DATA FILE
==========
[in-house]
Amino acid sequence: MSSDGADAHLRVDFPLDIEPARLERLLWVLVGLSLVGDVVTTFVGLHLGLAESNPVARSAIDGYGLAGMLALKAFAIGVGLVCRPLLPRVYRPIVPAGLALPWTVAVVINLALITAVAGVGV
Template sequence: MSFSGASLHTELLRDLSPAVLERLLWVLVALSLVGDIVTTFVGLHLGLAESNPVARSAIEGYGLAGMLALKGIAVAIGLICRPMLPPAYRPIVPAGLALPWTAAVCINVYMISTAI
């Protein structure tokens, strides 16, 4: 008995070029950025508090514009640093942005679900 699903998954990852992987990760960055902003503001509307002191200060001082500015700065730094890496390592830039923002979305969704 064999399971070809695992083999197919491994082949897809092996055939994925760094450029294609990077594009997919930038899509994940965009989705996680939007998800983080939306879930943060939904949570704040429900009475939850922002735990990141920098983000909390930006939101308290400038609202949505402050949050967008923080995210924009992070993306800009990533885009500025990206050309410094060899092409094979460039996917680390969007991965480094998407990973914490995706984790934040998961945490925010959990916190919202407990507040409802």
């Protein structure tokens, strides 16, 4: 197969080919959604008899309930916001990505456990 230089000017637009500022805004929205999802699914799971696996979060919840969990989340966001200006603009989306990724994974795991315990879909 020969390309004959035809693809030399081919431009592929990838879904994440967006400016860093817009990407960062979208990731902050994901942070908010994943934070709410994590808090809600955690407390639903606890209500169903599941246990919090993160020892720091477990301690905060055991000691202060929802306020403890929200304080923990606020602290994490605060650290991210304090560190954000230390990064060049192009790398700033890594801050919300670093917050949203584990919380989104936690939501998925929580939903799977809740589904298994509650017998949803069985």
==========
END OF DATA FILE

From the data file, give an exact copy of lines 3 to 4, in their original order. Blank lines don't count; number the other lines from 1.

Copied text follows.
Template sequence: MSFSGASLHTELLRDLSPAVLERLLWVLVALSLVGDIVTTFVGLHLGLAESNPVARSAIEGYGLAGMLALKGIAVAIGLICRPMLPPAYRPIVPAGLALPWTAAVCINVYMISTAI
């Protein structure tokens, strides 16, 4: 008995070029950025508090514009640093942005679900 699903998954990852992987990760960055902003503001509307002191200060001082500015700065730094890496390592830039923002979305969704 064999399971070809695992083999197919491994082949897809092996055939994925760094450029294609990077594009997919930038899509994940965009989705996680939007998800983080939306879930943060939904949570704040429900009475939850922002735990990141920098983000909390930006939101308290400038609202949505402050949050967008923080995210924009992070993306800009990533885009500025990206050309410094060899092409094979460039996917680390969007991965480094998407990973914490995706984790934040998961945490925010959990916190919202407990507040409802």